Uncertainty is one of the greatest contributors to anxiety. And yet unsureness is part of the human condition. Our brains compute on the basis of probabilities. We share this with animals. Watching the birds outside, I can see that they are always making fine decisions between continuing what they are doing in safety, or interrupting it because of felt danger.
We need to be sensitive to danger in order to protect ourselves. So we have several built-in alarms. Psychologists are aware that a major player in this is the amygdala, which plays a part on processing fear, memory, and decisions. So if we are caught up in an anxious, fearful response, then the amygdala will be in there somewhere, doing its thing.
The difficulty is that, when our fear processes go into overdrive, they have such a profound affect on our functioning that we can’t operate normally. How can we learn to be unsure, without our internal alarm system taking over too much?
THE PRESENCE OF OTHERS
One possible strategy is to use the presence of others to reassure. This is a tactic used by many animals, who use group movement strategies to relieve the pressure on individuals. An example is the birds in your garden, who use each others’ responses as clues as to how to behave.
This is why living in groups or families is protective of mental health. The group takes on much of the decision burden. And it is why living alone can sometimes be bad for mental health. The burden of decisions under uncertainty can make both anxiety and depression worse.
A STRUCTURED APPROACH
Secondly, an individual can use concepts to create a structured approach to living under uncertainty. Religions, for instance, have systems of behaviour, ritual and belief which dramatically reduce the number of options open to an individual, and make social life far more certain. Legal systems often aim to do the same thing.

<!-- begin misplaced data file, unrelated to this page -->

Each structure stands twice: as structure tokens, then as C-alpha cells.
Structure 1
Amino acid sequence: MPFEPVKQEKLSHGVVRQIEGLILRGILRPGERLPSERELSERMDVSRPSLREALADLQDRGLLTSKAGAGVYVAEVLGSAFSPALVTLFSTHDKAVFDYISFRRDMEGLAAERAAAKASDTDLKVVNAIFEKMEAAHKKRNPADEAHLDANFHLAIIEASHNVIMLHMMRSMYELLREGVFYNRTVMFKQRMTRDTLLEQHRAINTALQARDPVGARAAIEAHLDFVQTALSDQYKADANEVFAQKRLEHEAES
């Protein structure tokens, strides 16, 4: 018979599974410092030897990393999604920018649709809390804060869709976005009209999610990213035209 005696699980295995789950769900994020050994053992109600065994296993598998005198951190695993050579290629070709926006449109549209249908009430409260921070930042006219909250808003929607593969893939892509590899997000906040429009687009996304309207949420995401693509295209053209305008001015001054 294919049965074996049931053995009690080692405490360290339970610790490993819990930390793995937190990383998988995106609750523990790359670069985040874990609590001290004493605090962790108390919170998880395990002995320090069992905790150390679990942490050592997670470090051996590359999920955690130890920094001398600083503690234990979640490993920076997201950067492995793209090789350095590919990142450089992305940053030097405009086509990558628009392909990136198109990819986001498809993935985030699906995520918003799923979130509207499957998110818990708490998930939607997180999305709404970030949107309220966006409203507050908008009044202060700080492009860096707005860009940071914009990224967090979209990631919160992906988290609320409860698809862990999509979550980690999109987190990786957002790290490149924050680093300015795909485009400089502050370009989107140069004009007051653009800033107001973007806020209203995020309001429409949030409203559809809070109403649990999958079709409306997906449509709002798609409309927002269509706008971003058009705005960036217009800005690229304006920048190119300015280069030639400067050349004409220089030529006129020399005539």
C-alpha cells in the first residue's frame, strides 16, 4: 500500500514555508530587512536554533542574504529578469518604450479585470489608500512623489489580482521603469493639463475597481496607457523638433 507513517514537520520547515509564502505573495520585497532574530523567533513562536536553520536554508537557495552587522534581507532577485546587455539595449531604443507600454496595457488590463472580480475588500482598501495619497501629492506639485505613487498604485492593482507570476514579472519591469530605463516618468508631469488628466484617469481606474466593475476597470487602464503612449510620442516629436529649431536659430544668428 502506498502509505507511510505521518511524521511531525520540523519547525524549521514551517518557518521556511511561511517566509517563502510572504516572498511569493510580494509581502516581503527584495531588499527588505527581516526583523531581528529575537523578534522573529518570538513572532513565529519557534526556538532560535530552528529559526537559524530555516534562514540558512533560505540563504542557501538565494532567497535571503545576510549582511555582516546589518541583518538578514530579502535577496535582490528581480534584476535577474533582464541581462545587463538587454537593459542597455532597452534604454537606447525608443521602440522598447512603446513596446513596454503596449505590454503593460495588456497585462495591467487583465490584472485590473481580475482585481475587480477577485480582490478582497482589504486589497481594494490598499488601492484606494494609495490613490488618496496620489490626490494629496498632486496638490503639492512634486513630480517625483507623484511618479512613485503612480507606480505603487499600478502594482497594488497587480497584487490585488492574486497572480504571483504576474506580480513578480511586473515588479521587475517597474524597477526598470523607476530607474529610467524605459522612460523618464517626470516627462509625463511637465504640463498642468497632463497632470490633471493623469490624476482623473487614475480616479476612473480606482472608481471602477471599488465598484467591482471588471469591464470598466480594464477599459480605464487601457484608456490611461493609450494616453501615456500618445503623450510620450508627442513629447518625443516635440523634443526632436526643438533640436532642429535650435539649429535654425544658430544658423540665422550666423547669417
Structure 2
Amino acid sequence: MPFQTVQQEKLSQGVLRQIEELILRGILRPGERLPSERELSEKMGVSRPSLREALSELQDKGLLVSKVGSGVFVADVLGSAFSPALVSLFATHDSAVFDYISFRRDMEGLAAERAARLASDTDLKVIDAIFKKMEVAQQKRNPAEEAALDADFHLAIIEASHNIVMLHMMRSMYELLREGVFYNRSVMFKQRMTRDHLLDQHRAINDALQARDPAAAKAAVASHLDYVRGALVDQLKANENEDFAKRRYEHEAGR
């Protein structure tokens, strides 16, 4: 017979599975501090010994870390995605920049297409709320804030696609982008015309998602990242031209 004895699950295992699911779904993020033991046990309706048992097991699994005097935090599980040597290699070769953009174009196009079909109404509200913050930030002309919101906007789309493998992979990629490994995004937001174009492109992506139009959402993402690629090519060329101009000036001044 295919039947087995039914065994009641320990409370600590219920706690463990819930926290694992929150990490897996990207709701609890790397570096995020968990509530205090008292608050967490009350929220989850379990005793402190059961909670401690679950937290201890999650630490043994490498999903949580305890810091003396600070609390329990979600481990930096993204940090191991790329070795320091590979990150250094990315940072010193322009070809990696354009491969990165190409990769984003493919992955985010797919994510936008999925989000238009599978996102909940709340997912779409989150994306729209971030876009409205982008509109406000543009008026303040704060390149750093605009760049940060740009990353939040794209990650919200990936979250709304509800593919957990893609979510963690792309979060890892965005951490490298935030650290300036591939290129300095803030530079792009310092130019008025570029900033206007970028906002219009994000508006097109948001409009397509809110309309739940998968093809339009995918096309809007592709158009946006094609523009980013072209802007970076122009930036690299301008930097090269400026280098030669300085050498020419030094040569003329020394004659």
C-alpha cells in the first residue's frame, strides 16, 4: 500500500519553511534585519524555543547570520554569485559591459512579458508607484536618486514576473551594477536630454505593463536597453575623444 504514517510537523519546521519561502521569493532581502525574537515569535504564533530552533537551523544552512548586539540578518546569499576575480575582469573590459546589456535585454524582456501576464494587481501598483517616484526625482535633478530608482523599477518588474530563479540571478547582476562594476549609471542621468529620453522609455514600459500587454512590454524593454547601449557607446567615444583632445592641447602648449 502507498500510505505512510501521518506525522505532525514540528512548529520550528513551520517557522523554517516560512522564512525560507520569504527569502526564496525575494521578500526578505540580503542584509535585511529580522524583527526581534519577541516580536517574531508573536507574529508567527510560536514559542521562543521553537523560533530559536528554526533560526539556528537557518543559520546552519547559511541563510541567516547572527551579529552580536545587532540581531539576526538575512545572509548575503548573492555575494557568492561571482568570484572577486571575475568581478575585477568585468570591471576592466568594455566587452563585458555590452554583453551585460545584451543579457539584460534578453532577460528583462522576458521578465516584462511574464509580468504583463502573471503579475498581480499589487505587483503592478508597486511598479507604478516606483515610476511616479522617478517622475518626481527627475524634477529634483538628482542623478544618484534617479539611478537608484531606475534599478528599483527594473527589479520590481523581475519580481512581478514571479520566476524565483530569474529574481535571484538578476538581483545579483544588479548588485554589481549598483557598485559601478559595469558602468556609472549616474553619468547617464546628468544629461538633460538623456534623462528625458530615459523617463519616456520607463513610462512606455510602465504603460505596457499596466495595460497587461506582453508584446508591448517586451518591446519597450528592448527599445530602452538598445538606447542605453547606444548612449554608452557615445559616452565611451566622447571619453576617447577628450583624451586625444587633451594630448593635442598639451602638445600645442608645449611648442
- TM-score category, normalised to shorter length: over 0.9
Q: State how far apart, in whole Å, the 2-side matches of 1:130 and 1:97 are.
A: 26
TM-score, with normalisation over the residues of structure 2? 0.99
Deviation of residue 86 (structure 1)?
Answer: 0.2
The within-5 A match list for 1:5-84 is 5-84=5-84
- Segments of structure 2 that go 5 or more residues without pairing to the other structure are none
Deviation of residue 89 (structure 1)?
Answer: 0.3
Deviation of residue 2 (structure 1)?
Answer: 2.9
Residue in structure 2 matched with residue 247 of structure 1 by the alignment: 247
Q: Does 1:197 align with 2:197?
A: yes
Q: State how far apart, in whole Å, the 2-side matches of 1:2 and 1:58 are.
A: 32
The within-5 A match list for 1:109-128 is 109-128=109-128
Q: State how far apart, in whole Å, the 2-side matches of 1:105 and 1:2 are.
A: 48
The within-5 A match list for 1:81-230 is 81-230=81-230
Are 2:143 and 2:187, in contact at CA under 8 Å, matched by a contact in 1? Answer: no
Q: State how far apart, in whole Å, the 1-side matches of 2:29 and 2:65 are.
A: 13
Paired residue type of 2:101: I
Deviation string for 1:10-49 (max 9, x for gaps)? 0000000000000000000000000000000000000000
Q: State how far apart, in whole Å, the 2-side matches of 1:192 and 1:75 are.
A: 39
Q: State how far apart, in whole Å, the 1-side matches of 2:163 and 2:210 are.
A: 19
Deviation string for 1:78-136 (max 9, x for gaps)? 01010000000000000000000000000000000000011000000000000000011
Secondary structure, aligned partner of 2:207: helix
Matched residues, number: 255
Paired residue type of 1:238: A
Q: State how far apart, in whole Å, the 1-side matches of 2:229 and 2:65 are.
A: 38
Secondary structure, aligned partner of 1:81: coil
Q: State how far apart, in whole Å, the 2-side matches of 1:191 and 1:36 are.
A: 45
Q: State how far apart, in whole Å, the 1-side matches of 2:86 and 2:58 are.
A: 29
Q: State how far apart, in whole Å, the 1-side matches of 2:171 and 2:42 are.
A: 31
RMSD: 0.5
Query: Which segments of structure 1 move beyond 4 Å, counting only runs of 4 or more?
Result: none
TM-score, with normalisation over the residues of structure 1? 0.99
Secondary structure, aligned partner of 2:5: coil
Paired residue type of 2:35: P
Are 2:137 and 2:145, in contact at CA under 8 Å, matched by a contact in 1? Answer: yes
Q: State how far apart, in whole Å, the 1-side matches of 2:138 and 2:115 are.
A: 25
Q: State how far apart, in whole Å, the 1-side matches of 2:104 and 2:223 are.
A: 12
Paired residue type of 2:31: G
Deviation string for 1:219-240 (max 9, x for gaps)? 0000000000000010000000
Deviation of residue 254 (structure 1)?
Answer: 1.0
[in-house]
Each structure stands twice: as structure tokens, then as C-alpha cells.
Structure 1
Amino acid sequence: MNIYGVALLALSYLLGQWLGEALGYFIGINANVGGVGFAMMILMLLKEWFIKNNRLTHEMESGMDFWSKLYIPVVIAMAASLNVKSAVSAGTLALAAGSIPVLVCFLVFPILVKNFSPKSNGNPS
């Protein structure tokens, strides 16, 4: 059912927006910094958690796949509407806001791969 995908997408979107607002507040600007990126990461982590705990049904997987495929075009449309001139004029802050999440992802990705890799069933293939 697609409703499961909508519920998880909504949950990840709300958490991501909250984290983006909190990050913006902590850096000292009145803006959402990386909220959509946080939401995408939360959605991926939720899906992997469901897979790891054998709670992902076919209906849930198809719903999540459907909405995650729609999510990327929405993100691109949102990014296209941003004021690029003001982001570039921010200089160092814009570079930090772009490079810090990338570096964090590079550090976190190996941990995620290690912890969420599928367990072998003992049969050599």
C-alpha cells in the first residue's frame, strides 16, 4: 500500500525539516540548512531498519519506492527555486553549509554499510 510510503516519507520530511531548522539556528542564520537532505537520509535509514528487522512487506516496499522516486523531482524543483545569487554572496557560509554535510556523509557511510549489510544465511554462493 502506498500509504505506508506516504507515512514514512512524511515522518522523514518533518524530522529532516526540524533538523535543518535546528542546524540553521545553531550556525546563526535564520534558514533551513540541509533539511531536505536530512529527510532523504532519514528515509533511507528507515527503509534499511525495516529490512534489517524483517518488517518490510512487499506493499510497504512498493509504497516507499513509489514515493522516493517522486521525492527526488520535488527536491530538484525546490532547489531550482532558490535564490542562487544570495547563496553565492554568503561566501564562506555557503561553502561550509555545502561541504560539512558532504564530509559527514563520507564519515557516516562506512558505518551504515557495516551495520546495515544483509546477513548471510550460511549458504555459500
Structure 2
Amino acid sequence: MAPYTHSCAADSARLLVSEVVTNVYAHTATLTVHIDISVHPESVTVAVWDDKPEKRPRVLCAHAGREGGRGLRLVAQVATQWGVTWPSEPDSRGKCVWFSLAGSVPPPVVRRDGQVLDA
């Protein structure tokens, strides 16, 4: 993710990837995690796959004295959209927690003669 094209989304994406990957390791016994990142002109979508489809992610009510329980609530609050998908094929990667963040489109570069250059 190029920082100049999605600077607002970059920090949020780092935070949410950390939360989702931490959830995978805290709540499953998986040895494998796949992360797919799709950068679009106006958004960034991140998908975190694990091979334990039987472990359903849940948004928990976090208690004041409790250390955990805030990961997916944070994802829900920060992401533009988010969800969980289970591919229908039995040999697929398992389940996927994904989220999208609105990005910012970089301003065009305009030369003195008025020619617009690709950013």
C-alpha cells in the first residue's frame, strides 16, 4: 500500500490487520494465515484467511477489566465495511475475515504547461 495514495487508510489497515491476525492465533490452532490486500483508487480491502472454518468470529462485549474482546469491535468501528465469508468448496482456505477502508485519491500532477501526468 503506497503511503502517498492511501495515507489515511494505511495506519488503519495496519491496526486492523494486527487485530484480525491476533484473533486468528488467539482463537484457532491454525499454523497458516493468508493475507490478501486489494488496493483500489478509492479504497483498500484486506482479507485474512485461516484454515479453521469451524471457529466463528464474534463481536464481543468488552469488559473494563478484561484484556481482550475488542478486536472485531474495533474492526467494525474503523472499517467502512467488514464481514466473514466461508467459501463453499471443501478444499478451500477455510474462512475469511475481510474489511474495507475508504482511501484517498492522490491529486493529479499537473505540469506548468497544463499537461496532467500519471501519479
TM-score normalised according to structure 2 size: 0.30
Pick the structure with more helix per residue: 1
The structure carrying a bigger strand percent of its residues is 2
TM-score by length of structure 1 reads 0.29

On an individual level, we can develop personal rules and systems which narrow the options available to us. I often encourage counselling clients to develop a daily routine, partly because it significantly reduces dithering, and generates firmer action.
Sometimes developing this personal structure takes hard work. It is much harder to structure your life confidently if you have been undermined by difficult or selfish parents, or traumatic events, in the past.
Uncertainty is part of life. Parts of our brains, even, have evolved as alarm systems, to respond to risk and uncertainty with danger signals. Unfortunately, these internal reactions can get out of hand, and stop us functioning effectively.
Two important ways to protect ourselves against uncertainty are:
- the presence of others (social support)
- the use of a structured approach (organisational support)
To minimise the effect of uncertainty, and therefore to help control anxiety, we can try to develop supportive social networks, and helpful personal routines. Strengthening our social networks, and our daily timetables, can be highly protective against mental distress.